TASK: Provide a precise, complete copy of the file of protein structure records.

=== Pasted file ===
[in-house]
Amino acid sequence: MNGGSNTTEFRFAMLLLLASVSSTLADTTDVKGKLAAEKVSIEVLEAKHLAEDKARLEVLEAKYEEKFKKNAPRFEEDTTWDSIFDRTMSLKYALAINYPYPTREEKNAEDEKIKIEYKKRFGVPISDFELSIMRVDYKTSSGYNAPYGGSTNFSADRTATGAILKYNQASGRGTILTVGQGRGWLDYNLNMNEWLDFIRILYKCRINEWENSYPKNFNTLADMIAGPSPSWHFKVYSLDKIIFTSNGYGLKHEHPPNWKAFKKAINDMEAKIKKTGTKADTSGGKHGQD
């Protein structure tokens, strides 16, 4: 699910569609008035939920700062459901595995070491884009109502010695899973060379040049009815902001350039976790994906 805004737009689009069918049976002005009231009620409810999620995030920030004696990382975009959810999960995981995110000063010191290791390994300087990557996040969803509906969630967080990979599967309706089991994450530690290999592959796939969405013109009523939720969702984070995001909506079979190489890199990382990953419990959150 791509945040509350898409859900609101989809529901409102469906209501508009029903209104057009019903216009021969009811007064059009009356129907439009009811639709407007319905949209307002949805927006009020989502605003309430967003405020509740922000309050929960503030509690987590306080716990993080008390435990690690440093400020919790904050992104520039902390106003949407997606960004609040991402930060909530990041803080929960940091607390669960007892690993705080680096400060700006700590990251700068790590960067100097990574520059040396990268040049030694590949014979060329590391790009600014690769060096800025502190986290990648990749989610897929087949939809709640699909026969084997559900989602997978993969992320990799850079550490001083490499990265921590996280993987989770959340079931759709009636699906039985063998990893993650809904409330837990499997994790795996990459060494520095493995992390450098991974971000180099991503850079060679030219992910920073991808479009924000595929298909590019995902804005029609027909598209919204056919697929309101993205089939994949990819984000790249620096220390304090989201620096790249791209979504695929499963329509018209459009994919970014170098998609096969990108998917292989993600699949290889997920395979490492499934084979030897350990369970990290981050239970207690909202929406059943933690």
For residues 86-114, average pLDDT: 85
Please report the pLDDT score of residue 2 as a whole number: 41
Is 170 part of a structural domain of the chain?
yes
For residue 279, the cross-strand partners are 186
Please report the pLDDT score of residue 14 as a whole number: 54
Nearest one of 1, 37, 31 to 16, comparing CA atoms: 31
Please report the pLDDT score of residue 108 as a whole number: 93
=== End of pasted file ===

[in-house]
Amino acid sequence: MNGGSNTTEFRFAMLLLLASVSSTLADTTDVKGKLAAEKVSIEVLEAKHLAEDKARLEVLEAKYEEKFKKNAPRFEEDTTWDSIFDRTMSLKYALAINYPYPTREEKNAEDEKIKIEYKKRFGVPISDFELSIMRVDYKTSSGYNAPYGGSTNFSADRTATGAILKYNQASGRGTILTVGQGRGWLDYNLNMNEWLDFIRILYKCRINEWENSYPKNFNTLADMIAGPSPSWHFKVYSLDKIIFTSNGYGLKHEHPPNWKAFKKAINDMEAKIKKTGTKADTSGGKHGQD
């Protein structure tokens, strides 16, 4: 699910569609008035939920700062459901595995070491884009109502010695899973060379040049009815902001350039976790994906 805004737009689009069918049976002005009231009620409810999620995030920030004696990382975009959810999960995981995110000063010191290791390994300087990557996040969803509906969630967080990979599967309706089991994450530690290999592959796939969405013109009523939720969702984070995001909506079979190489890199990382990953419990959150 791509945040509350898409859900609101989809529901409102469906209501508009029903209104057009019903216009021969009811007064059009009356129907439009009811639709407007319905949209307002949805927006009020989502605003309430967003405020509740922000309050929960503030509690987590306080716990993080008390435990690690440093400020919790904050992104520039902390106003949407997606960004609040991402930060909530990041803080929960940091607390669960007892690993705080680096400060700006700590990251700068790590960067100097990574520059040396990268040049030694590949014979060329590391790009600014690769060096800025502190986290990648990749989610897929087949939809709640699909026969084997559900989602997978993969992320990799850079550490001083490499990265921590996280993987989770959340079931759709009636699906039985063998990893993650809904409330837990499997994790795996990459060494520095493995992390450098991974971000180099991503850079060679030219992910920073991808479009924000595929298909590019995902804005029609027909598209919204056919697929309101993205089939994949990819984000790249620096220390304090989201620096790249791209979504695929499963329509018209459009994919970014170098998609096969990108998917292989993600699949290889997920395979490492499934084979030897350990369970990290981050239970207690909202929406059943933690």
For residues 86-114, average pLDDT: 85
Please report the pLDDT score of residue 2 as a whole number: 41
Is 170 part of a structural domain of the chain?
yes
For residue 279, the cross-strand partners are 186
Please report the pLDDT score of residue 14 as a whole number: 54
Nearest one of 1, 37, 31 to 16, comparing CA atoms: 31
Please report the pLDDT score of residue 108 as a whole number: 93